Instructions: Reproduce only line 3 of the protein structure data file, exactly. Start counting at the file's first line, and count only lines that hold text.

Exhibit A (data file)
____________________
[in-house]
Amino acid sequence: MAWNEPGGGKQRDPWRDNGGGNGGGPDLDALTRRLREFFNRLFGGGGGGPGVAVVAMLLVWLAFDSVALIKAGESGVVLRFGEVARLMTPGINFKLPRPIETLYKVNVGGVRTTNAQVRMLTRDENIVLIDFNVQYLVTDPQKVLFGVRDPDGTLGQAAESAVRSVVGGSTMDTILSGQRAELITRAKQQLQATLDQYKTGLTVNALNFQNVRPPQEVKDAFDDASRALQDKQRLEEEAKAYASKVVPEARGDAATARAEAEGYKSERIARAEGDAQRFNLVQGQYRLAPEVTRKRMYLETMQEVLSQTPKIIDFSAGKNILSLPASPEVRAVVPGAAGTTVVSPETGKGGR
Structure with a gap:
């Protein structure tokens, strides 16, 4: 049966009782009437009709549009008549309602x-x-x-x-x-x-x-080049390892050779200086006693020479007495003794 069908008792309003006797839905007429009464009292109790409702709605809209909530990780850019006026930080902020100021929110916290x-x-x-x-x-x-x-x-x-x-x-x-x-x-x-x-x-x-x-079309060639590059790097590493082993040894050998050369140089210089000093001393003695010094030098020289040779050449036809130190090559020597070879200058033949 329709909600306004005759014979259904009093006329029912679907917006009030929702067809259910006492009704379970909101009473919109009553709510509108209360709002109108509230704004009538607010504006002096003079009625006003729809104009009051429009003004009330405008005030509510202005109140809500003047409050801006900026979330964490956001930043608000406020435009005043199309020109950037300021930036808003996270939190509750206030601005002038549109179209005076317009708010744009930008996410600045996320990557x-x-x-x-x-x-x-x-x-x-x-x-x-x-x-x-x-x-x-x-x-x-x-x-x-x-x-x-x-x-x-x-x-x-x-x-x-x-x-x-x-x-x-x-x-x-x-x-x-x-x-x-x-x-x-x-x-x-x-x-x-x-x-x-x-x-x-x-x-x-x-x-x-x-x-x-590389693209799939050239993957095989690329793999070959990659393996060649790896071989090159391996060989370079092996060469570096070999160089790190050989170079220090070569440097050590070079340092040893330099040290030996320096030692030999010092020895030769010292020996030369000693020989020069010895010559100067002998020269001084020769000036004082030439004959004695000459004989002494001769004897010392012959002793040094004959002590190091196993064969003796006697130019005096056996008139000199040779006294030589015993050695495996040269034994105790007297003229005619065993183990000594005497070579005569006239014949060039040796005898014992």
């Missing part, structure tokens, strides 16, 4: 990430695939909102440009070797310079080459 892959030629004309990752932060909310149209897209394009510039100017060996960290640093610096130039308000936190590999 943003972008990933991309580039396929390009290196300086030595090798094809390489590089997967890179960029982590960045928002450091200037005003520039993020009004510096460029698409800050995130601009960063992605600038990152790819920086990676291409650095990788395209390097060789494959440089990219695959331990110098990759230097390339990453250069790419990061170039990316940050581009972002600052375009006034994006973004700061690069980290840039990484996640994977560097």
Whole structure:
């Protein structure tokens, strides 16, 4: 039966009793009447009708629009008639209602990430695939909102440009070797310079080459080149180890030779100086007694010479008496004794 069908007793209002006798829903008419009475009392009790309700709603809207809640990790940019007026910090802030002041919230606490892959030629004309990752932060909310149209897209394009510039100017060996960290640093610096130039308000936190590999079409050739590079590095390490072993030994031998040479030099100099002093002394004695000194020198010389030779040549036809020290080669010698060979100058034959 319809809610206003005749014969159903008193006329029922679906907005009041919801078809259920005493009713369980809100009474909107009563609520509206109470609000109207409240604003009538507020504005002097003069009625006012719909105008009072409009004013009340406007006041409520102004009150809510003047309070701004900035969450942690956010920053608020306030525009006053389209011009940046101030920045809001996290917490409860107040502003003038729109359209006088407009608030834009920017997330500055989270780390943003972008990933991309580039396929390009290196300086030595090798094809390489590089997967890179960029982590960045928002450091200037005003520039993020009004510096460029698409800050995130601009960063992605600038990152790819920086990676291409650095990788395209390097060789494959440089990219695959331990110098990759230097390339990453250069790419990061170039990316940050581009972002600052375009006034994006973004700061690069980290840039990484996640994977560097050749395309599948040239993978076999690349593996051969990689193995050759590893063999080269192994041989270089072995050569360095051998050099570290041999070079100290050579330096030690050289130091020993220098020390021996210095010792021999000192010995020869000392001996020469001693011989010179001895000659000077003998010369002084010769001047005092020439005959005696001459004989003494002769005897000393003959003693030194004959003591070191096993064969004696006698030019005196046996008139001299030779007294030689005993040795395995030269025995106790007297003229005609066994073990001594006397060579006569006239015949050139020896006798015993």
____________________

Structure with a gap: